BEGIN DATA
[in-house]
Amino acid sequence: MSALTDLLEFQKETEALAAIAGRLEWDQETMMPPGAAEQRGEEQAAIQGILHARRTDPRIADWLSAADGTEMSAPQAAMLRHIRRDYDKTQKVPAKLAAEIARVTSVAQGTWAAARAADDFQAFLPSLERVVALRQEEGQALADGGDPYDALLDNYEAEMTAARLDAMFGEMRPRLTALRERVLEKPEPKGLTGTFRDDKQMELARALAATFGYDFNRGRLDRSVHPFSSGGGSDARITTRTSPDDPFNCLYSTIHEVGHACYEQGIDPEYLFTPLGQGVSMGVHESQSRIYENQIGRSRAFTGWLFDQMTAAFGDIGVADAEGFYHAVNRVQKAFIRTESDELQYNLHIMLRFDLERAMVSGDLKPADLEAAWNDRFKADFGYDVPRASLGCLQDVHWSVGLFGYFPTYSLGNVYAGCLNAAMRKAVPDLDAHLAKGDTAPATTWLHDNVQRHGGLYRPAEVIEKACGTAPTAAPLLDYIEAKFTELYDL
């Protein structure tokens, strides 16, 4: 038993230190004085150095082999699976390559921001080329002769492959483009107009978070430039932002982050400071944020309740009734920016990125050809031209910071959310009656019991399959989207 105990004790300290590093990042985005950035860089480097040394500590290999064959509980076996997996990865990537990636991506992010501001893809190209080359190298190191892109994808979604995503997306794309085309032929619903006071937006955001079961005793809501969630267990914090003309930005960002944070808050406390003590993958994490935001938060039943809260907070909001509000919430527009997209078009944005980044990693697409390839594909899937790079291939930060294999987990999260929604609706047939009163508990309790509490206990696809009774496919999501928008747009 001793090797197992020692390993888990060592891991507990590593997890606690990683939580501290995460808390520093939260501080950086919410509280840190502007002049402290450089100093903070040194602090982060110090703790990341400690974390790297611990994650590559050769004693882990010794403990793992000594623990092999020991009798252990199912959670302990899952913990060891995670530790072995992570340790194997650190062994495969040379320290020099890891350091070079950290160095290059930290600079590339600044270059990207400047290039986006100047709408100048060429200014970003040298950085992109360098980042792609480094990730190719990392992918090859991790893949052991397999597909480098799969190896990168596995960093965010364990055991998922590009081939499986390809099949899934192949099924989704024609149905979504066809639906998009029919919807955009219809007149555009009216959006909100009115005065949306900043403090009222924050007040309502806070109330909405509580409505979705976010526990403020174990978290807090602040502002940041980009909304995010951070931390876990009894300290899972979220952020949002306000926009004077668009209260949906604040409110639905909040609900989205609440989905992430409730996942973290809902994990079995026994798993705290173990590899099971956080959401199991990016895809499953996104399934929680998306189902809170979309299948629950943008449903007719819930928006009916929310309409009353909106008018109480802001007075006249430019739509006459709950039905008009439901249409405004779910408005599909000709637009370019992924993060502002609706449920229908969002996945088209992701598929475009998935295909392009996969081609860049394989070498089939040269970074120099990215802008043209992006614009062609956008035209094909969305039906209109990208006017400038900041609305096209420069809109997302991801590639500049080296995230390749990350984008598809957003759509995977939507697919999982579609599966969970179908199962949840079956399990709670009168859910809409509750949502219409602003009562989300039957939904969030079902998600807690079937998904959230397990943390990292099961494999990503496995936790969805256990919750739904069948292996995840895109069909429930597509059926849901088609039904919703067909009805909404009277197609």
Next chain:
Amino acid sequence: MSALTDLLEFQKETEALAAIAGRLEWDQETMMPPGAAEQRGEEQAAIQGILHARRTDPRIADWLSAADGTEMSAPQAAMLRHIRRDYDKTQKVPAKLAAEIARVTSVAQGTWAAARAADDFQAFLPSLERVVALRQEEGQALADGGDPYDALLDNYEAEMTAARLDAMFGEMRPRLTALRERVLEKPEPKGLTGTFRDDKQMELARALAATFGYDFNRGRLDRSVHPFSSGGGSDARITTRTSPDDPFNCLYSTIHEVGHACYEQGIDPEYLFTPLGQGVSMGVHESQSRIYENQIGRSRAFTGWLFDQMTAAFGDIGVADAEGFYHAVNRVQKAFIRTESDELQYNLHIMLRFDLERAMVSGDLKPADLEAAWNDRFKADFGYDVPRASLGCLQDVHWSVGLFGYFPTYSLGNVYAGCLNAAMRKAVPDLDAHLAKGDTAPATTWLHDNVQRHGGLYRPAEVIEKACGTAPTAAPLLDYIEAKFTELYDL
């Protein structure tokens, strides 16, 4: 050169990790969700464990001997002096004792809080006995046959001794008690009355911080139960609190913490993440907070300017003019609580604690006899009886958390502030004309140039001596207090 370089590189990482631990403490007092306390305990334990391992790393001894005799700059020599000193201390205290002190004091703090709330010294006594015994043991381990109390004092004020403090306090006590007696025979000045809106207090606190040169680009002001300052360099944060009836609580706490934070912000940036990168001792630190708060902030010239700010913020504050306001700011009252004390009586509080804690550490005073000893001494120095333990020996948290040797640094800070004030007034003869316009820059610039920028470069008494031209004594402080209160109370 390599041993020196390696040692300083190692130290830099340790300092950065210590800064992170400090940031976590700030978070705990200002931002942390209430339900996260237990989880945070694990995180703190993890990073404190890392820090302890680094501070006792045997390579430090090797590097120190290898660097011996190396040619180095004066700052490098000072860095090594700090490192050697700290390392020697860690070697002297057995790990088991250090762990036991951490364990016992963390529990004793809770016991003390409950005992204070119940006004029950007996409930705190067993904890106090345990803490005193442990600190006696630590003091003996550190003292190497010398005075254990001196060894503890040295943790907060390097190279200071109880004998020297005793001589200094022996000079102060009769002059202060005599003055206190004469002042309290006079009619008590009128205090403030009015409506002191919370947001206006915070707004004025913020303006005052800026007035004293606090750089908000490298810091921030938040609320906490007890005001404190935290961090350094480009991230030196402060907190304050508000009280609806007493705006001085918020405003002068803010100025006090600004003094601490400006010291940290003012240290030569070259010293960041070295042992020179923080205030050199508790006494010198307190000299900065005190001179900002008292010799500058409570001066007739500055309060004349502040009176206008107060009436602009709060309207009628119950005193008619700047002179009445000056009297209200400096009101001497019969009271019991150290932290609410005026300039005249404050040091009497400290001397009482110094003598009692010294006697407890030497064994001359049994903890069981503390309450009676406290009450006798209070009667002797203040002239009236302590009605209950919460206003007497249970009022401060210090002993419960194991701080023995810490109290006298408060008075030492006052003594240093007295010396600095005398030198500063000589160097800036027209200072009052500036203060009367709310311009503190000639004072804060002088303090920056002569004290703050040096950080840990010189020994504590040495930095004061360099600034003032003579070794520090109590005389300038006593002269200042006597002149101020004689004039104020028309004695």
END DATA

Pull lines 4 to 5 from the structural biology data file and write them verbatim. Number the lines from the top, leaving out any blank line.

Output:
Next chain:
Amino acid sequence: MSALTDLLEFQKETEALAAIAGRLEWDQETMMPPGAAEQRGEEQAAIQGILHARRTDPRIADWLSAADGTEMSAPQAAMLRHIRRDYDKTQKVPAKLAAEIARVTSVAQGTWAAARAADDFQAFLPSLERVVALRQEEGQALADGGDPYDALLDNYEAEMTAARLDAMFGEMRPRLTALRERVLEKPEPKGLTGTFRDDKQMELARALAATFGYDFNRGRLDRSVHPFSSGGGSDARITTRTSPDDPFNCLYSTIHEVGHACYEQGIDPEYLFTPLGQGVSMGVHESQSRIYENQIGRSRAFTGWLFDQMTAAFGDIGVADAEGFYHAVNRVQKAFIRTESDELQYNLHIMLRFDLERAMVSGDLKPADLEAAWNDRFKADFGYDVPRASLGCLQDVHWSVGLFGYFPTYSLGNVYAGCLNAAMRKAVPDLDAHLAKGDTAPATTWLHDNVQRHGGLYRPAEVIEKACGTAPTAAPLLDYIEAKFTELYDL